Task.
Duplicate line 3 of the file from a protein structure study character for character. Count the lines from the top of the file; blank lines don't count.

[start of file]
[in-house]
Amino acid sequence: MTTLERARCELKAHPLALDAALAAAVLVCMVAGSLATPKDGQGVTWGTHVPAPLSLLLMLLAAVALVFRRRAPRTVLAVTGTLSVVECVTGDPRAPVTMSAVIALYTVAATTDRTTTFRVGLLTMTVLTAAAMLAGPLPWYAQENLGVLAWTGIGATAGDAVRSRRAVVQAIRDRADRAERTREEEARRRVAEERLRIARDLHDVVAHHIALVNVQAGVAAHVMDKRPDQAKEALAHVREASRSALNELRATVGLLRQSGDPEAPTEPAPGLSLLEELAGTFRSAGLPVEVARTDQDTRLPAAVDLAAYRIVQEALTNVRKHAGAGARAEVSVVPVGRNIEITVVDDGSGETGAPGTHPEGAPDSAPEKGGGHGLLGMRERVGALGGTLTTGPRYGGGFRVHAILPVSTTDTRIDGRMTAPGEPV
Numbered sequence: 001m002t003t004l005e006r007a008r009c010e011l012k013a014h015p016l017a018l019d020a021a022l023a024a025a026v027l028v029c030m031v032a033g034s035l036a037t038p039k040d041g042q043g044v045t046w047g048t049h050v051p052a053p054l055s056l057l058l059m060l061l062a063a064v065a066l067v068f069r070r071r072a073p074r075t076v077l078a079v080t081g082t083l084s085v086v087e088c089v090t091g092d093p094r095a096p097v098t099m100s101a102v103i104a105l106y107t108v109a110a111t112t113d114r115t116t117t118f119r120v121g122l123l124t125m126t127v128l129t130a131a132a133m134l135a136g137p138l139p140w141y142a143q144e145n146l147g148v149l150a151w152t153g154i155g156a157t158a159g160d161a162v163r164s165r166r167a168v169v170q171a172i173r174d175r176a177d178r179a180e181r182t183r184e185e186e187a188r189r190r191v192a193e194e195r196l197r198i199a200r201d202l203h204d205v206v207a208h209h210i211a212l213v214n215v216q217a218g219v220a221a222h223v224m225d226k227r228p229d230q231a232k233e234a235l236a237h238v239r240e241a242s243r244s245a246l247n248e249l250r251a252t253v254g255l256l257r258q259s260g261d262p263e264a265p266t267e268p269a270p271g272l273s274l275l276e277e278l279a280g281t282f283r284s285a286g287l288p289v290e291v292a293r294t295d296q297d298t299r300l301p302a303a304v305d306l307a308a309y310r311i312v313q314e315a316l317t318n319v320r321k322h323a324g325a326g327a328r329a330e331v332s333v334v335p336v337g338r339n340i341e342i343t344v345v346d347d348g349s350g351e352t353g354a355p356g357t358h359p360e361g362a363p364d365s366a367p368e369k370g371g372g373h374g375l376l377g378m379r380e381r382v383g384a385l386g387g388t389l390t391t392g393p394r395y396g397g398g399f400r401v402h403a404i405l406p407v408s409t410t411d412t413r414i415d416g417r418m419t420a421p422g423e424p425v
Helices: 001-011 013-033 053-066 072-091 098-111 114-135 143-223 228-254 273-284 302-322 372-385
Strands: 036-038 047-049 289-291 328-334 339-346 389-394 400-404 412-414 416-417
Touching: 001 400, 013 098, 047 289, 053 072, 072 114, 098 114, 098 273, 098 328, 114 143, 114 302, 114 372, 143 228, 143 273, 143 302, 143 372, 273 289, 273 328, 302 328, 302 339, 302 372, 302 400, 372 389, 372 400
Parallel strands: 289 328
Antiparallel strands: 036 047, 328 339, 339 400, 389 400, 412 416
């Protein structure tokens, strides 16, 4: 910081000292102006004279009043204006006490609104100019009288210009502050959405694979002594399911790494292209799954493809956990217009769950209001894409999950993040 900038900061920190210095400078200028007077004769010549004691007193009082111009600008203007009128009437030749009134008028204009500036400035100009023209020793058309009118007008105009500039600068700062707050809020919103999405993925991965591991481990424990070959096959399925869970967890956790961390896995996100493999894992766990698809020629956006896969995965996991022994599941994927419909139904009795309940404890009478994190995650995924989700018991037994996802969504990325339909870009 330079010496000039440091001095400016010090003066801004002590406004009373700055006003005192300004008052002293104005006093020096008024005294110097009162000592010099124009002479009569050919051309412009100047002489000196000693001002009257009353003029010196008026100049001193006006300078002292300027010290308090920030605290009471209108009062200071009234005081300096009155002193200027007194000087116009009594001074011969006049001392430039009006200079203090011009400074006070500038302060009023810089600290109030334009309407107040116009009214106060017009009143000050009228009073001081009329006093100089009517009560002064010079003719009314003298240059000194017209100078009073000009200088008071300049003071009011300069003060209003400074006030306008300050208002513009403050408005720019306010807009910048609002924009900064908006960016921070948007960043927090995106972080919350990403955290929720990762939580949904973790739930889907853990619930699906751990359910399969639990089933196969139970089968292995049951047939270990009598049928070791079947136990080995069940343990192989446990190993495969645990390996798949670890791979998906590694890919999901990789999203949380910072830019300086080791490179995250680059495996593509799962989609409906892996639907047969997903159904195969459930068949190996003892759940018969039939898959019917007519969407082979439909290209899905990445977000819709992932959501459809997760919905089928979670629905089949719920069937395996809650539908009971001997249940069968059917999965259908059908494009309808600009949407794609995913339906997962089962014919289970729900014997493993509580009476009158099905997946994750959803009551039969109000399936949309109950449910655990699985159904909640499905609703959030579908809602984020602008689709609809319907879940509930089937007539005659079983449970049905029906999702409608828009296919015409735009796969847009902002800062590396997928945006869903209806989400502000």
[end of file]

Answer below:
Numbered sequence: 001m002t003t004l005e006r007a008r009c010e011l012k013a014h015p016l017a018l019d020a021a022l023a024a025a026v027l028v029c030m031v032a033g034s035l036a037t038p039k040d041g042q043g044v045t046w047g048t049h050v051p052a053p054l055s056l057l058l059m060l061l062a063a064v065a066l067v068f069r070r071r072a073p074r075t076v077l078a079v080t081g082t083l084s085v086v087e088c089v090t091g092d093p094r095a096p097v098t099m100s101a102v103i104a105l106y107t108v109a110a111t112t113d114r115t116t117t118f119r120v121g122l123l124t125m126t127v128l129t130a131a132a133m134l135a136g137p138l139p140w141y142a143q144e145n146l147g148v149l150a151w152t153g154i155g156a157t158a159g160d161a162v163r164s165r166r167a168v169v170q171a172i173r174d175r176a177d178r179a180e181r182t183r184e185e186e187a188r189r190r191v192a193e194e195r196l197r198i199a200r201d202l203h204d205v206v207a208h209h210i211a212l213v214n215v216q217a218g219v220a221a222h223v224m225d226k227r228p229d230q231a232k233e234a235l236a237h238v239r240e241a242s243r244s245a246l247n248e249l250r251a252t253v254g255l256l257r258q259s260g261d262p263e264a265p266t267e268p269a270p271g272l273s274l275l276e277e278l279a280g281t282f283r284s285a286g287l288p289v290e291v292a293r294t295d296q297d298t299r300l301p302a303a304v305d306l307a308a309y310r311i312v313q314e315a316l317t318n319v320r321k322h323a324g325a326g327a328r329a330e331v332s333v334v335p336v337g338r339n340i341e342i343t344v345v346d347d348g349s350g351e352t353g354a355p356g357t358h359p360e361g362a363p364d365s366a367p368e369k370g371g372g373h374g375l376l377g378m379r380e381r382v383g384a385l386g387g388t389l390t391t392g393p394r395y396g397g398g399f400r401v402h403a404i405l406p407v408s409t410t411d412t413r414i415d416g417r418m419t420a421p422g423e424p425v